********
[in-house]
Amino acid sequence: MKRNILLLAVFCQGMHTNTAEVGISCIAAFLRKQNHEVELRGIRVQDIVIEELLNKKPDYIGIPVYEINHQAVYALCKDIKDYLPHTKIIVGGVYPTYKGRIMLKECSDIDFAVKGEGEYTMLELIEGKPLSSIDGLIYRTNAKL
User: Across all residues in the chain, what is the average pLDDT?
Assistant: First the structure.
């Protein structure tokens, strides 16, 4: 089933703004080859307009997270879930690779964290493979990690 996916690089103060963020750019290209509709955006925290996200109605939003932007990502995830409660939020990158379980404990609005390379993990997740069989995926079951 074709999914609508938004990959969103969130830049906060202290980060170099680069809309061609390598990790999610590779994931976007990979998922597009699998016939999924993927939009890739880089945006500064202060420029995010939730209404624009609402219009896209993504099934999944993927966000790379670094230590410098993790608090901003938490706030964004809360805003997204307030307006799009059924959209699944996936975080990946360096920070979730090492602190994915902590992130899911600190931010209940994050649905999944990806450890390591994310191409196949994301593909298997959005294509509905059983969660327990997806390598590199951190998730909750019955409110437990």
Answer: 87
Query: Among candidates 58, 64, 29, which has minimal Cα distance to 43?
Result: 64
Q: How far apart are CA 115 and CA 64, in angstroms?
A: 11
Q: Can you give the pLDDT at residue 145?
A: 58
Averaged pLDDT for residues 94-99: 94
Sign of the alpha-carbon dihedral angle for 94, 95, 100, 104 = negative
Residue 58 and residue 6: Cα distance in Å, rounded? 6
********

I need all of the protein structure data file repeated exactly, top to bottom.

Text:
[in-house]
Amino acid sequence: MKRNILLLAVFCQGMHTNTAEVGISCIAAFLRKQNHEVELRGIRVQDIVIEELLNKKPDYIGIPVYEINHQAVYALCKDIKDYLPHTKIIVGGVYPTYKGRIMLKECSDIDFAVKGEGEYTMLELIEGKPLSSIDGLIYRTNAKL
User: Across all residues in the chain, what is the average pLDDT?
Assistant: First the structure.
């Protein structure tokens, strides 16, 4: 089933703004080859307009997270879930690779964290493979990690 996916690089103060963020750019290209509709955006925290996200109605939003932007990502995830409660939020990158379980404990609005390379993990997740069989995926079951 074709999914609508938004990959969103969130830049906060202290980060170099680069809309061609390598990790999610590779994931976007990979998922597009699998016939999924993927939009890739880089945006500064202060420029995010939730209404624009609402219009896209993504099934999944993927966000790379670094230590410098993790608090901003938490706030964004809360805003997204307030307006799009059924959209699944996936975080990946360096920070979730090492602190994915902590992130899911600190931010209940994050649905999944990806450890390591994310191409196949994301593909298997959005294509509905059983969660327990997806390598590199951190998730909750019955409110437990």
Answer: 87
Query: Among candidates 58, 64, 29, which has minimal Cα distance to 43?
Result: 64
Q: How far apart are CA 115 and CA 64, in angstroms?
A: 11
Q: Can you give the pLDDT at residue 145?
A: 58
Averaged pLDDT for residues 94-99: 94
Sign of the alpha-carbon dihedral angle for 94, 95, 100, 104 = negative
Residue 58 and residue 6: Cα distance in Å, rounded? 6